Earlier in the Day:
Economic data released through the Asian session this morning was limited to Australia’s April NAB Business Confidence figures, together with the release of the Bank of Japan’s monetary policy meeting minutes from the March meeting.
For the Japanese Yen, the BoJ minutes revealed member caution on coming out of the policy easing cycle too early, while acknowledging that the Japanese economy was likely to maintain its upward trend, with domestic demand expected to follow the anticipated upward momentum.
On inflation, member concern over recent weakness reinforced concern that the BoJ could not shift on policy any time soon, with members also concerned over consumption, which continues to be a bugbear for the Japanese government.
The Japanese Yen moved from ¥109.155 to ¥109.093 against the U.S Dollar upon release of the minutes that were not only dated, but also revealed few surprises. At the time of writing, the Yen was down 0.01% to ¥109.13 against the Dollar, giving up ¥108 levels hit earlier in the session.
For the Aussie Dollar, the NAB’s Business Confidence Index rose by 2 points to +10 index points, taking the index further ahead of the historical average +6 points.
- The business conditions index rose by 6 points to a record high +21 points to demonstrate solid business activity, with only manufacturing and retail industries seeing business conditions weaken.
- The retail sector has struggled amidst heightened competition that has contributed to softer inflation, with the retail condition index turning negative for the first time this year.
- The employment index improved, easing concerns over a slowdown in jobs growth in recent months, while forward orders slipped, whilst rising on a trends basis in the non-mining economy.
The Aussie Dollar moved from $0.75232 to $0.75292 upon release of the figures, before pulling back to $0.7523 at the time of writing, down 0.21% for the session.
In the equity markets it was a mixed bag, with the Nikkei kicking off the week in the red, weighed by a stronger Japanese Yen, while the ASX, Hang Seng and CSI300 made progress off the back of Friday’s rally in the U.S and sentiment towards the U.S – China trade talks that concluded after the Asian markets had closed on Friday.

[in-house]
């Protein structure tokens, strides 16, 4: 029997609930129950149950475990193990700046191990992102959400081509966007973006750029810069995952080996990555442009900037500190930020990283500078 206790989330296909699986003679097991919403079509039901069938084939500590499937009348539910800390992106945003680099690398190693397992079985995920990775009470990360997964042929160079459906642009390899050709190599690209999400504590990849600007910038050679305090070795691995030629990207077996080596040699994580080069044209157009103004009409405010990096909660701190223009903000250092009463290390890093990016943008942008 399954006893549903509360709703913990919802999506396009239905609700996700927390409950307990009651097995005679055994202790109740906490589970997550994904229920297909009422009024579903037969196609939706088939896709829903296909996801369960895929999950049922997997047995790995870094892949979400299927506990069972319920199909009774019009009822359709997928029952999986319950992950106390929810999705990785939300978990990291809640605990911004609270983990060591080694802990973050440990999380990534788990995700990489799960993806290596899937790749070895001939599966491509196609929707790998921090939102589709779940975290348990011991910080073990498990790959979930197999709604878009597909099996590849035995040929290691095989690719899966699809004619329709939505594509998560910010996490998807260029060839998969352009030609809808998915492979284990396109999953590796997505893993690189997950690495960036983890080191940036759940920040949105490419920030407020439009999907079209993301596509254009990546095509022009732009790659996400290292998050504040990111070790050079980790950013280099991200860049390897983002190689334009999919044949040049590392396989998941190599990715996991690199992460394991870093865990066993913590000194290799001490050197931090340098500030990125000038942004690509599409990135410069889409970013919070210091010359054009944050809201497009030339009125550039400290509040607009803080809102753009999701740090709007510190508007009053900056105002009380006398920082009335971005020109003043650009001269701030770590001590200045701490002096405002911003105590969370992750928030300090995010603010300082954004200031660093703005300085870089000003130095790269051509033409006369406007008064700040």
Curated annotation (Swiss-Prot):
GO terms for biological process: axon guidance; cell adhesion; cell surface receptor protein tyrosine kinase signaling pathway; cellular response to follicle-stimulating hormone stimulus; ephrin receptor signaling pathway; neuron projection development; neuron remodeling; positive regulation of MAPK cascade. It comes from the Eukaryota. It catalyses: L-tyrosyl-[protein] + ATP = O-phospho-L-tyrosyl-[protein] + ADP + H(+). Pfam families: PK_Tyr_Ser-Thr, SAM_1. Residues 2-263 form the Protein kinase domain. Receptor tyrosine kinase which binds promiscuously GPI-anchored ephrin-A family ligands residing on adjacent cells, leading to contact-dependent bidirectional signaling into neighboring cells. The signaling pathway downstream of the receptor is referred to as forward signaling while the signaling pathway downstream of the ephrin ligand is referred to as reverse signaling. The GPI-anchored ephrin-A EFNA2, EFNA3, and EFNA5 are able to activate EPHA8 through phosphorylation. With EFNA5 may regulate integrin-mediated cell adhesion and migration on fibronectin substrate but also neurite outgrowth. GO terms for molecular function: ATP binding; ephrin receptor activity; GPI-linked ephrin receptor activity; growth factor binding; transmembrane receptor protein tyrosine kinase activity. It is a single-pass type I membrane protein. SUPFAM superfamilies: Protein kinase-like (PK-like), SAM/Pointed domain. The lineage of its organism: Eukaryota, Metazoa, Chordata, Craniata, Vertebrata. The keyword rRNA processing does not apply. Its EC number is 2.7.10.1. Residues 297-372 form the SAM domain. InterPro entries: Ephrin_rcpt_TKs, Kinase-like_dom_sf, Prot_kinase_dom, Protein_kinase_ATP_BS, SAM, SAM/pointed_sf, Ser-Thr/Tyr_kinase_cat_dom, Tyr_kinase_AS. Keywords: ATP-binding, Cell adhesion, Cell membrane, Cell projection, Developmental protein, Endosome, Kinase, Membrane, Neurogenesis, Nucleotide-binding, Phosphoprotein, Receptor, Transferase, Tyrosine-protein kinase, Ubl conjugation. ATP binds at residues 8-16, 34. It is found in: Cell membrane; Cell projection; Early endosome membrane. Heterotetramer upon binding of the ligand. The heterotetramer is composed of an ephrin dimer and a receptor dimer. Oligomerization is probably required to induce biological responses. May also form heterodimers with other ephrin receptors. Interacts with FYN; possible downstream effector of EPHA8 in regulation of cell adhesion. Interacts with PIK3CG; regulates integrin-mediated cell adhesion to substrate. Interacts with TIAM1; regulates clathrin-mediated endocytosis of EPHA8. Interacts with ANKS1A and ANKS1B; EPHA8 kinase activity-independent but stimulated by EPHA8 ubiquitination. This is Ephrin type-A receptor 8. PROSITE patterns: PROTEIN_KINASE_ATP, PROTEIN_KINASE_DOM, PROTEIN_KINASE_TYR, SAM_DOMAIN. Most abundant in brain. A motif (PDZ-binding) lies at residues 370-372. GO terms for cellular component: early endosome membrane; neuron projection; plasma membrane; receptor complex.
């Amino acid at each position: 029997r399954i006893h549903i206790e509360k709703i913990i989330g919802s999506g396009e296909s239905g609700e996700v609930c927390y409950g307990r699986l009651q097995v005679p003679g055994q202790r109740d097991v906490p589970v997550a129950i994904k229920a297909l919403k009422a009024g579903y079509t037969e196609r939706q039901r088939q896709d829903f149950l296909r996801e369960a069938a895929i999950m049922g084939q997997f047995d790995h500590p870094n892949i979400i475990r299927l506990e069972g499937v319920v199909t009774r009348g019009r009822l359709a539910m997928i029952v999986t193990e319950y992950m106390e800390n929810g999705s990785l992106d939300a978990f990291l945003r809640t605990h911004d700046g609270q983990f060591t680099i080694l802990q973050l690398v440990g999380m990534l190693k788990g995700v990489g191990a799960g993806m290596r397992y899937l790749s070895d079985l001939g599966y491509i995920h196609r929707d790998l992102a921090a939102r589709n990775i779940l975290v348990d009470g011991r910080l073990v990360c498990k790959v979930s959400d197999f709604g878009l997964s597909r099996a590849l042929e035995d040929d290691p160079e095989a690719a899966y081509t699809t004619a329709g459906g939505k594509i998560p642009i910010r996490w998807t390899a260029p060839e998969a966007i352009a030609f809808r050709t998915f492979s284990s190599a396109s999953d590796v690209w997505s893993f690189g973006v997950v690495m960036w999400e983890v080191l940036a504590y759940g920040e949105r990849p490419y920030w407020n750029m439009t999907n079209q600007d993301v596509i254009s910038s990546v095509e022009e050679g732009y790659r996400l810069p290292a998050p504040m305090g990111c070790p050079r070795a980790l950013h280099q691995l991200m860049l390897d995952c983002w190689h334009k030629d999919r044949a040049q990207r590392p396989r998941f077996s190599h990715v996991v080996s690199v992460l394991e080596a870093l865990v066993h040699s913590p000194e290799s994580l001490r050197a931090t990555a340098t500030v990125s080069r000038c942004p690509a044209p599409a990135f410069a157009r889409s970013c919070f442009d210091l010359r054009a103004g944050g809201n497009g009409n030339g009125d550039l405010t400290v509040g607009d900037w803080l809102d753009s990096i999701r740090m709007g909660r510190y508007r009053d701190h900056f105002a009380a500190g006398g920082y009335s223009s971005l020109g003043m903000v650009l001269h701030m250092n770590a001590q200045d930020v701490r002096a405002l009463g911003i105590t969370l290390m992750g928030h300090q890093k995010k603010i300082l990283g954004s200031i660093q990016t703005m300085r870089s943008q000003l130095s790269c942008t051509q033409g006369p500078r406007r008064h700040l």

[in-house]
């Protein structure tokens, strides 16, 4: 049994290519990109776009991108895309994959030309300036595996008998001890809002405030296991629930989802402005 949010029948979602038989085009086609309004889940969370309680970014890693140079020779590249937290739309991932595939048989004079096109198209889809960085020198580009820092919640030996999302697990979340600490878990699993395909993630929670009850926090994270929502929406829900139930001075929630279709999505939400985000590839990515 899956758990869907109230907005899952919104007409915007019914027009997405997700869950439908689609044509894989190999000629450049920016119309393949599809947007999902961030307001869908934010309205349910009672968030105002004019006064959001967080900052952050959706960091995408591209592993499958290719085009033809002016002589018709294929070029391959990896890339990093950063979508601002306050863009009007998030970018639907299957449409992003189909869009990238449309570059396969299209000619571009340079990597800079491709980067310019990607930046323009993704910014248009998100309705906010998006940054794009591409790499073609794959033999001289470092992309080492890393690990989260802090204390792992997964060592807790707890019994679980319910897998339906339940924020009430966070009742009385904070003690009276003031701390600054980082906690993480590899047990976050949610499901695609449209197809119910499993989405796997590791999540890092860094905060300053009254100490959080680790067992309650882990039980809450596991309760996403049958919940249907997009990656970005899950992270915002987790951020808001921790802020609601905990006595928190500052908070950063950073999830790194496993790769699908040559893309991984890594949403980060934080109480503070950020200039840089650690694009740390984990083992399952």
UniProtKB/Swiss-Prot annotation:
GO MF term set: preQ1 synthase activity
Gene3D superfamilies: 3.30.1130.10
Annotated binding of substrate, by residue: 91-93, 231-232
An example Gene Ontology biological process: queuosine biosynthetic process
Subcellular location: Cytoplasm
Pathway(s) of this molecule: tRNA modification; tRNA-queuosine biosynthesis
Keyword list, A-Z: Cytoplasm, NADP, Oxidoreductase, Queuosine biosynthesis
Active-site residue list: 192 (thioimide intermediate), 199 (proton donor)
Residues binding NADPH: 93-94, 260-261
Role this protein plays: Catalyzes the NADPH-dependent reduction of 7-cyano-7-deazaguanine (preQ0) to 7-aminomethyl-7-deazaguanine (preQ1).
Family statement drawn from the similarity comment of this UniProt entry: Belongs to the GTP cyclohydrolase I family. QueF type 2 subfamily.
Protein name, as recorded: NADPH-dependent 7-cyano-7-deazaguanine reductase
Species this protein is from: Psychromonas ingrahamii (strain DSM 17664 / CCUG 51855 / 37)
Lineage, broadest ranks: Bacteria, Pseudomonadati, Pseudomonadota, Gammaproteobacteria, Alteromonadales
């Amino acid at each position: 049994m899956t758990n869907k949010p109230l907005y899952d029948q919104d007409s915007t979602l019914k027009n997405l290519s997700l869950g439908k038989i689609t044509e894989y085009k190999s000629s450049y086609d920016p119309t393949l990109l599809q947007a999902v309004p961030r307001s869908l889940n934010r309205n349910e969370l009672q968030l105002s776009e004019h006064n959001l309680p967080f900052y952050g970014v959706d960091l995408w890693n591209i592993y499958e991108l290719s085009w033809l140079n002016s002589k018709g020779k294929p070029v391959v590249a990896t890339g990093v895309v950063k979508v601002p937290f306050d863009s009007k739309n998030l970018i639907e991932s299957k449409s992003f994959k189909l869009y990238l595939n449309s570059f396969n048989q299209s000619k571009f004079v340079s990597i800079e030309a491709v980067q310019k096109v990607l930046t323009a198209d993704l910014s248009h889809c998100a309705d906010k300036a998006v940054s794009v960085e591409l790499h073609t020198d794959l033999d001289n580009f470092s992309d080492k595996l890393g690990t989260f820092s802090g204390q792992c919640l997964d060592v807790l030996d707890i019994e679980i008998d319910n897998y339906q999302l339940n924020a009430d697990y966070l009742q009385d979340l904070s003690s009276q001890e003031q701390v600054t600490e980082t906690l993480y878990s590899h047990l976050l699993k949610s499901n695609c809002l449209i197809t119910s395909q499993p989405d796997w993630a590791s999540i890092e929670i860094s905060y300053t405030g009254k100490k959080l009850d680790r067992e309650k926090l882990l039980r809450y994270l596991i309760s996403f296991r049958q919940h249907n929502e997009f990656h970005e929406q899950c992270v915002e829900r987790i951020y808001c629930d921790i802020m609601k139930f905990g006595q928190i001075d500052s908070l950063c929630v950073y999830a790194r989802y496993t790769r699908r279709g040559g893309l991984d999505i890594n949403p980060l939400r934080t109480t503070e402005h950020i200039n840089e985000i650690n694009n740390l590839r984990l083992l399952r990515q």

The Day Ahead:
For the EUR, economic data is limited to March factory order figures out of Germany, which are forecasted to be EUR positive. Recent data out of Germany has certainly been on the softer side and, with inflation easing and domestic consumption taking a hit in March, the markets will be looking for signs of a rebound in the German economy. Industrial production and trade figures are also due out of Germany this week, which will give the markets some further guidance ahead of the ECB’s economic bulletin release on Thursday.
At the time of writing, the EUR was up 0.03% to $1.1963, with Friday’s softer wage growth figures out of the U.S seeing the Dollar on the back foot early on.
For the Pound, it’s a quiet day ahead with the UK markets closed, leaving direction in the hands of market sentiment towards monetary policy and Brexit ahead of a busy week of stats and Thursday’s BoE monetary policy decision.
Recent data has all but removed the prospects of a rate hike this week, but with the BoE Inflation Report also scheduled for release, there will be some guidance on when the BoE will be looking to make its move, a lack of progress on Brexit and soft economic indicators reason to hold for now.
At the time of writing, the Pound was up 0.15% to $1.3551, with the upside coming more off the back of a softer Dollar than any material shift in sentiment towards the UK economy and monetary policy.
Across the Pond, there are no material stats scheduled for release this afternoon, while FOMC members Bostic, Kaplan and Evans are scheduled to speak through the U.S session.
Following last week’s FOMC minutes that gave little away on whether there was a need to take a more aggressive path on monetary policy, FOMC member chatter will garner plenty of attention this week, particularly with inflationary pressures building, while wage growth disappointed at the end of the 1st quarter.
At the time of writing, the Dollar Spot Index was down 0.01% to 92.558, recovering from a morning low 92.448, with plenty for the markets to consider through the week, including April inflation figures, noise on trade tariffs, FOMC member speeches and Trump’s decision on whether to pull out of the Iran nuclear agreement.
Across the borders, there are no material stats scheduled for release, while NAFTA talks resume later today, which could provide some direction, with market jitters over a possible outcome to negotiations in the coming days likely to weigh on the Loonie.
At the time of writing, the Loonie was down 0.06% to C$1.2854 against the U.S Dollar.
This article was originally posted on FX Empire
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